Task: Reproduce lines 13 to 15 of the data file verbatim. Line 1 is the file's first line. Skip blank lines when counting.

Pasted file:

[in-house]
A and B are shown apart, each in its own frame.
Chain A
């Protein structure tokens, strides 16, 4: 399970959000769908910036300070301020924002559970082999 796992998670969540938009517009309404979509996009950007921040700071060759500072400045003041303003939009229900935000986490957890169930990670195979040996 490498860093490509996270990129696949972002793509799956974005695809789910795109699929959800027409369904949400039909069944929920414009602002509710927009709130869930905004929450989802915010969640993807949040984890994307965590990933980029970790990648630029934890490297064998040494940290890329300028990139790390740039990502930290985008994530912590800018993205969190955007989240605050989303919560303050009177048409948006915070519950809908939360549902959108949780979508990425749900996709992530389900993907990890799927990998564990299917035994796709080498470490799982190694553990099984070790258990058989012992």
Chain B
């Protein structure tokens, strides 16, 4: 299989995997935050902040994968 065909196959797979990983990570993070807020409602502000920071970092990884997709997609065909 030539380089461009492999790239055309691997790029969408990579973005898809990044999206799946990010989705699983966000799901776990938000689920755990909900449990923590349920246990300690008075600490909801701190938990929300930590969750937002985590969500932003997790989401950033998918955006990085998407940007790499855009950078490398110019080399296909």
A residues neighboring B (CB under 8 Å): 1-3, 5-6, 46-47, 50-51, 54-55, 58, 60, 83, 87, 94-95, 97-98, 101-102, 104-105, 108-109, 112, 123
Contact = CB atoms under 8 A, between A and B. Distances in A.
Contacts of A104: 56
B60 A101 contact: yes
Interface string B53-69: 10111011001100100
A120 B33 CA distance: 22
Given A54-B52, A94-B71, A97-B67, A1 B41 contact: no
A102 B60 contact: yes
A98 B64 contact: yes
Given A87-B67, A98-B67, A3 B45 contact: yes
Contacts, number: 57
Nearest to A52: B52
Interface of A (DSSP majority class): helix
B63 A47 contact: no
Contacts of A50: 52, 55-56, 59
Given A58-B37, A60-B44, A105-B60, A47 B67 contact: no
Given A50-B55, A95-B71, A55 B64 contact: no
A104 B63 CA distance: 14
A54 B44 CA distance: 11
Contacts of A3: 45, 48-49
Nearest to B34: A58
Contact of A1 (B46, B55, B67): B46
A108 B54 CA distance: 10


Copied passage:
Given A54-B52, A94-B71, A97-B67, A1 B41 contact: no
A102 B60 contact: yes
A98 B64 contact: yes